My GrantWatch column (free access) in the journal’s June issue focuses on foundations’ funding in obesity prevention. Little did I know that the topic would be so timely: The American Medical Association voted on June 18 to adopt a policy stating that it now considers obesity a “disease.”
As a “lagniappe,” I have added here some additional new information on foundations and obesity after my discussion of the column.
What’s in the Column
“Foundation Funding to Prevent Obesity” discusses the efforts of foundations around the country. Some funders’ projects focus on people of all ages. Others focus on children. The Robert Wood Johnson Foundation (RWJF) is perhaps the best-known funder in the obesity prevention area; it has a program on childhood obesity prevention.
The column mentions the RWJF, as well as many other foundations based in locations ranging from California to Texas to Massachusetts to Williamsburg, Virginia.
Lagniappe: More on Obesity Prevention
These two items were announced after my column went to the printer!
New grant announced:
The Duke Endowment, based in Charlotte, North Carolina, announced in a June 20 press release that its trustees recently approved a grant for $556,030 to the University of South Carolina’s Arnold School of Public Health “to implement a program for child care professionals aimed at preventing childhood obesity.” The endowment funds in North and South Carolina only.
Event in Washington, D.C.:
The Robert Wood Johnson Foundation and the American Heart Association are holding a Tuesday, July 9, event in Washington, D.C., on “Signs of Progress toward Reversing the Childhood Obesity Epidemic.” After decades of increases in child obesity rates, the foundation notes that “several cities and states” across the United States have reported that rates in their localities have declined, says an e-alert.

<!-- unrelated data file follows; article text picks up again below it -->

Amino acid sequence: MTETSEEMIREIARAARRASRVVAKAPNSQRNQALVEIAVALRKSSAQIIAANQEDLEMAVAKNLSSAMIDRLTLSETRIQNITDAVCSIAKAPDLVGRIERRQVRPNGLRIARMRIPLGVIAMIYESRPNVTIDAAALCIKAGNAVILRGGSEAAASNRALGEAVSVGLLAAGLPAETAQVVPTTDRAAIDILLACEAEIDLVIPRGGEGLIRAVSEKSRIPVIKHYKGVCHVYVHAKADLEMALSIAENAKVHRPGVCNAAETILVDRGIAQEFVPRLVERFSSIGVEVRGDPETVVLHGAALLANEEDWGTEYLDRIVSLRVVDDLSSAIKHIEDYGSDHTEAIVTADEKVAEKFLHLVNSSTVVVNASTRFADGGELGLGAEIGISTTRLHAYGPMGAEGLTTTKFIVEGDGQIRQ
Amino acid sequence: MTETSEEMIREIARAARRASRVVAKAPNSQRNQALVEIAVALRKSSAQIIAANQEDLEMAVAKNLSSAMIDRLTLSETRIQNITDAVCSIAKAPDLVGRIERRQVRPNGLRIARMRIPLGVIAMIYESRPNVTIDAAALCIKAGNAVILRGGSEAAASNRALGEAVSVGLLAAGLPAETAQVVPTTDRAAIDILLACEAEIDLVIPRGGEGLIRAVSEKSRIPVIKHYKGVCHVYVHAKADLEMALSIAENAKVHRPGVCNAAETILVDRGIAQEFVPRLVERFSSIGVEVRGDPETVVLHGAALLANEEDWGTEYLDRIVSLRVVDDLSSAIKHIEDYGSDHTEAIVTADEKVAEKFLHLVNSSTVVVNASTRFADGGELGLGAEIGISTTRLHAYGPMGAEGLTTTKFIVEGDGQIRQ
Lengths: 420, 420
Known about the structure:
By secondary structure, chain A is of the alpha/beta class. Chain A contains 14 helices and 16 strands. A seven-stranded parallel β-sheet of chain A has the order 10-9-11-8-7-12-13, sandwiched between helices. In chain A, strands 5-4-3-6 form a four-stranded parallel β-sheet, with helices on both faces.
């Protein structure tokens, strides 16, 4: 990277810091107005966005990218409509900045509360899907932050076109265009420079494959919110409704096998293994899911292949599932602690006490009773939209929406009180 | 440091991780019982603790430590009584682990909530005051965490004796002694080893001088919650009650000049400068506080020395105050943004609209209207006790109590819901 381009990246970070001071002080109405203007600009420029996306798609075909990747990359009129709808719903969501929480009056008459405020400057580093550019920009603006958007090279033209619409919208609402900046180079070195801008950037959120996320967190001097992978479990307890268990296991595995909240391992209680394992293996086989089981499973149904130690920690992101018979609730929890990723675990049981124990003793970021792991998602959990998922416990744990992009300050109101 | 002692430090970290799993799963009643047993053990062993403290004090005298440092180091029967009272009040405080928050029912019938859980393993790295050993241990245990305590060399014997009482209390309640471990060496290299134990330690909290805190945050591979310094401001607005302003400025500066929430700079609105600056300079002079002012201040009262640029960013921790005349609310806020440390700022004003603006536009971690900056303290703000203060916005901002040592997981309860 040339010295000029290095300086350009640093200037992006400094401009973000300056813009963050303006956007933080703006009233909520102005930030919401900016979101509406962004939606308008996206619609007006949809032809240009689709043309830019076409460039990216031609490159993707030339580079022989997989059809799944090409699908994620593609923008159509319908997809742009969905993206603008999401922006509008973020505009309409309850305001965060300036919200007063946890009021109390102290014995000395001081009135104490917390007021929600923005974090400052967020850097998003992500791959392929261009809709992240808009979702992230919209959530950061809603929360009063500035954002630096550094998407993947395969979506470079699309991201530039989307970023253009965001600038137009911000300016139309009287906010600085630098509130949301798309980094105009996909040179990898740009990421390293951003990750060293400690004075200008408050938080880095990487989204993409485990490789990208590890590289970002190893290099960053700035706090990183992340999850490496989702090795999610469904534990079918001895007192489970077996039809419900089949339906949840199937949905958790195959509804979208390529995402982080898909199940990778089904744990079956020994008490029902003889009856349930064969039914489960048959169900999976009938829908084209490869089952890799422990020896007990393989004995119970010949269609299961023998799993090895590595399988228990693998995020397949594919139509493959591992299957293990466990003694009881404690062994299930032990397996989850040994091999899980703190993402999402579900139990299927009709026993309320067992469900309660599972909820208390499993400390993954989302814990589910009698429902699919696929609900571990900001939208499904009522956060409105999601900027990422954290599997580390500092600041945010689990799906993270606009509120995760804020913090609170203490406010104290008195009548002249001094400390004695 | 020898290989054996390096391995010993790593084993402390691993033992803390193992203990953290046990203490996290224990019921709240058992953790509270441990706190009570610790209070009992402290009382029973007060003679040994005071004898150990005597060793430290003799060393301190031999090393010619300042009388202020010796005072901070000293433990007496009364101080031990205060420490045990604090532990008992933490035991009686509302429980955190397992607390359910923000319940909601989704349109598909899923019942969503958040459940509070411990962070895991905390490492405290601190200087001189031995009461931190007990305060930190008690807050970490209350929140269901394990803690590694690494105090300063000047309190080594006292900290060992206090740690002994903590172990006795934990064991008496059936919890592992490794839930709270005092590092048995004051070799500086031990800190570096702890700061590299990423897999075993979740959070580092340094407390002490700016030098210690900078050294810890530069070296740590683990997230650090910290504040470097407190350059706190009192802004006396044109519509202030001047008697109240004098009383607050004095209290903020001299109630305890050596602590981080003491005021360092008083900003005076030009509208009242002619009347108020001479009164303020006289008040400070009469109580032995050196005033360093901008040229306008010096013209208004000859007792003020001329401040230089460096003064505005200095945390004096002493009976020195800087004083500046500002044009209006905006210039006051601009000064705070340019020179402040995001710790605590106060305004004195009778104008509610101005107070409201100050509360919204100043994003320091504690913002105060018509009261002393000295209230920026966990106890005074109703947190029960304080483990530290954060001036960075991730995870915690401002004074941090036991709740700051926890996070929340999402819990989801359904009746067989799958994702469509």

Risa Lavizzo-Mourey, who heads the foundation, and Nancy Brown, CEO of the association, will lead the discussions. The foundation and the heart association have teamed up in a joint initiative called Voices for Healthy Kids. This collaboration, which is presenting the July 9 event, is “focused on changing local, state, and federal policies to help children and adolescents eat healthier foods and be more active,” says the agenda.
Keynote speakers Tom Farley, New York City health commissioner (who was formerly at the public health school of my alma mater, Tulane University) and Chip Johnson, mayor of Hernando, Mississippi, will talk about efforts in their cities and how the lessons they learned “can be applied elsewhere,” the alert says. The event will also have a panel of speakers on states and another panel on cities and counties.
Can’t get to DC for this event? It will be webcast live.
To attend the event, register here.
To register for the webcast, go here.
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